Now we investigate when every prime d-ideal in RL is either a maximal or a minimal prime ideal. We rst obtain a characterization for reduced f-rings. It will generalize the equivalence of conditions (i) and (ii) in [1, Theorem 3.2]. We start with a lemma which is itself an f-ring version of [1, Lemma 3.1]. Observe that a directed union of d-ideals is a d-ideal.
In the upcoming proof we are going to use the fact that a prime ideal minimal over a d-ideal is itself a d-ideal [55, Theorem 2.5]. We shall also have to keep in mind that a prime ideal P in a reduced ring is minimal prime if and only if, for every a 2 P , there exists b 2= P such that ab = 0 [39].
Proposition 2.2.5. The following are equivalent for a reduced f-ring A.
(1)Every prime d-ideal of A is either a maximal ideal or a minimal prime ideal.
(2) For every maximal ideal M of A and every pair a; b of elements in M; there exists u 2 Ann(a) and v 2= M such that Ann(a2 + u2) Ann2(bv).
Proof. (1) ) (2): Suppose (2) fails. Then there is a maximal ideal M of A and elements a; b 2 M such that for every u 2 Ann(a) and v 2= M, Ann(a2 + u2) * Ann(bv). De ne subsets I and S of A by [I =fAnn2(a2 + t2) j ta = 0g and S = fbnr j r 2= M and n = 0; 1; : : :g:
It is easy to check that S is multiplicatively closed because M is a prime ideal. We claim that S \I = ;. If not, then bnr 2 I for some n and r 2= M, and hence bnr 2 Ann2(a2 + t2) for some t 2 Ann(a). Thus, hbnri Ann2(a2 + t2), which implies
Ann(a2 + t2) = Ann(Ann2(a2 + t2)) Ann(bnr) = Ann(br);because A is reduced. But this violates the supposition. There is therefore a prime ideal P which contains I and misses S. Without loss of generality, we may assume P is minimal with this property. Then P is a d-ideal ([55, Theorem 2.5]). Clearly, ArM S, so that, in light of P \ S = ;, we have P M. Observe that a 2 P because a 2 Ann2(a) I P . Also, Ann(a) P because of the following. If ta = 0, then Ann2(a2 + t2) I P .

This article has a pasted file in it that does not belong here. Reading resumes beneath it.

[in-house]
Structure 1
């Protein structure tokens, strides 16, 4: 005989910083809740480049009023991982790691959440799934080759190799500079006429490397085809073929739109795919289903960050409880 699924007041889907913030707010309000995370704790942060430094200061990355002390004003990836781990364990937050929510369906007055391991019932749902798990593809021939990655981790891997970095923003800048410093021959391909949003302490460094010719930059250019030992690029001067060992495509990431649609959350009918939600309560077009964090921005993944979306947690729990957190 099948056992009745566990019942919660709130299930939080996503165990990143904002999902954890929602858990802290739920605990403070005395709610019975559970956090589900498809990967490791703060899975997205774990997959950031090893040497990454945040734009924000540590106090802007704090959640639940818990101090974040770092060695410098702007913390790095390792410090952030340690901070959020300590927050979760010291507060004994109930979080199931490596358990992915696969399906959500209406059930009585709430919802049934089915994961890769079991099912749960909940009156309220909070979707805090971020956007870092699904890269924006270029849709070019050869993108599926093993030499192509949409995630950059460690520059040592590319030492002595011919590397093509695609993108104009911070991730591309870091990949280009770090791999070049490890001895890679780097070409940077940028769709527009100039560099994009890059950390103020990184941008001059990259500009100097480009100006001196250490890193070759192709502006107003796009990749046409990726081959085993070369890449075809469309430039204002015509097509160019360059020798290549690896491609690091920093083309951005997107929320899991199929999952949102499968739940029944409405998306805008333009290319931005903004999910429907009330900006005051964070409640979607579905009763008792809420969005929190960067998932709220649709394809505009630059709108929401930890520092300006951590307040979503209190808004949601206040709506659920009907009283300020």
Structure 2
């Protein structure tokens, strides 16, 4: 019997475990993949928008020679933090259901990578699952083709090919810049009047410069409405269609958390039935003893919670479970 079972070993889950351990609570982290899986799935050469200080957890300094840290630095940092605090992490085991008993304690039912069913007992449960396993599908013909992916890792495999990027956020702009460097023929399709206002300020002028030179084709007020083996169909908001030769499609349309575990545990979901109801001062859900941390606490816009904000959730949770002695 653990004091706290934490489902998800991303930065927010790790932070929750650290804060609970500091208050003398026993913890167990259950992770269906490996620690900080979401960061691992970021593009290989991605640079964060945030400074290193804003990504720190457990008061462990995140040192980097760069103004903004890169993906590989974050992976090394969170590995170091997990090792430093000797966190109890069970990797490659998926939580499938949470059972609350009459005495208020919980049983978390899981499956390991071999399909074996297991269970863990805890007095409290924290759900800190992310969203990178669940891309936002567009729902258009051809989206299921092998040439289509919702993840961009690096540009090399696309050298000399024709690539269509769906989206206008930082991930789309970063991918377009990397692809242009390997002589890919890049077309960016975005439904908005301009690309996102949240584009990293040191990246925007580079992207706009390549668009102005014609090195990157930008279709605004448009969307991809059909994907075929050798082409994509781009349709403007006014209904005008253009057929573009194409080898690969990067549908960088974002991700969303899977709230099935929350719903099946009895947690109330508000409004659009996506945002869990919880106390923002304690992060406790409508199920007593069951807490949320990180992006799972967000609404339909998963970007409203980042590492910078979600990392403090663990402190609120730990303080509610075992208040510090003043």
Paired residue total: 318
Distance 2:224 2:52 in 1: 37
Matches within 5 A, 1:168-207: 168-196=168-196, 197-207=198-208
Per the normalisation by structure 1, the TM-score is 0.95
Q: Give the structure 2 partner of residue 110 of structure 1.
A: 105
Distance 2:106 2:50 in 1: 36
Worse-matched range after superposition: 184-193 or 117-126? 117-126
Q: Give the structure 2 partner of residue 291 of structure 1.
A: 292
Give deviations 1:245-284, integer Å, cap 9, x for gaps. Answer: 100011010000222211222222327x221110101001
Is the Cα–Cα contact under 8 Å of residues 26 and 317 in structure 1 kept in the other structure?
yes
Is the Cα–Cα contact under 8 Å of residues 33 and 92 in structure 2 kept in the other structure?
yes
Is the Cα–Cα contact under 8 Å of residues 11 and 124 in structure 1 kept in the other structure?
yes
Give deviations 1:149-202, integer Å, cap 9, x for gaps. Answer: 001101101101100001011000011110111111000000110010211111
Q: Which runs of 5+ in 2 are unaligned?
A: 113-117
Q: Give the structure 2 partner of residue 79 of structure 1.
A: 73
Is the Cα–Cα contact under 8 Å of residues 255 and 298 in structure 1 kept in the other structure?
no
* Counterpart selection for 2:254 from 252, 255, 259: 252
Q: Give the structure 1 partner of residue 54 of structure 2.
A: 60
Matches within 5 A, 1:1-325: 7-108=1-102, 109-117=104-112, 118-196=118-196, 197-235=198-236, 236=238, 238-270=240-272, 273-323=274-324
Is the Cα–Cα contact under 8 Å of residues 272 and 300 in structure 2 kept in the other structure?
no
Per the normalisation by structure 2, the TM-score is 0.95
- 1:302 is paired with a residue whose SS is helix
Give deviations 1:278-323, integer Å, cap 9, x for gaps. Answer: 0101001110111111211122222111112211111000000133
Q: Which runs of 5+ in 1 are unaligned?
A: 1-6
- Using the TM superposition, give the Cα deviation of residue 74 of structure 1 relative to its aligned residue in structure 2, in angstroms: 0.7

Consider any z 2 A with z(a2 + t2) = 0. Then z2a2 = z2t2 = 0, whence tz = 0. Thus, t 2 Ann2(a2 +t2) P . It follows therefore that P is not a minimal prime ideal. Then P is a maximal ideal by (1), and hence P = M. But b 2 M \ S = P \ S = ;, a contradiction.
(2)) (1): Let P be a prime d-ideal and M a maximal ideal with P M. Suppose, for contradiction, that P 6= M and P is not a minimal prime ideal. Since P is properly contained in M, there exists b 2 M r P . Because P is not a minimal prime ideal, there is an a 2 A such that a 2 P and Ann(a) P . By (2), there exist u 2 Ann(a) and v 2= M
such that Ann(a2 + u2) Ann(bv). Since a2 + u2 2 P and P is a d-ideal, it follows that bv 2 P . Since b 2= P , this implies v 2 P M, which is a contradiction.
De nition 2.2.6. A ring is a quasi m-ring if every prime d-ideal in it is either maximal or minimal prime. If RL is a quasi m-ring, we shall say L is a quasi cozero complemented frame.
In light of Proposition 2.2.2, every cozero complemented frame is a quasi cozero com-plemented frame. We shall shortly give a frame-theoretic characterization of quasi cozero complemented frames. Let us recall some facts from [26]. For any 2 RL,

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1 Introduction and preliminaries
1.1 A brief history on P-spaces and P-frames
1.2 Synopsis of the thesis
1.3 Frames and their homomorphisms
1.4 Rings and f-rings
1.5 Function rings
1.6 The coreflections λL and υL
1.7 Binary coproducts of frames
2 Quasi m-spaces and quasi cozero complemented frames
2.1 Introduction
2.2 Characterizations of quasi cozero complemented frames
2.3 Subspaces of quasi m-spaces
3 Quasi P-frames
3.1 Characterizations of quasi P-frames
3.2 Some special quasi P-frames
4 Weak almost P-frames
4.1 Introduction
4.2 Characterizations of weak almost P-frames
4.3 More on weakly regular f-rings
5 Boundary frames
5.1 Introduction
5.2 A ring theoretic characterization of boundary frames
5.3 On product of boundary spaces
5.4 Some comments on boundary rings
6 Frames that are finitely an F-frame
6.1 Introduction
6.2 Ring theoretic characterization
6.3 Inheritance by quotients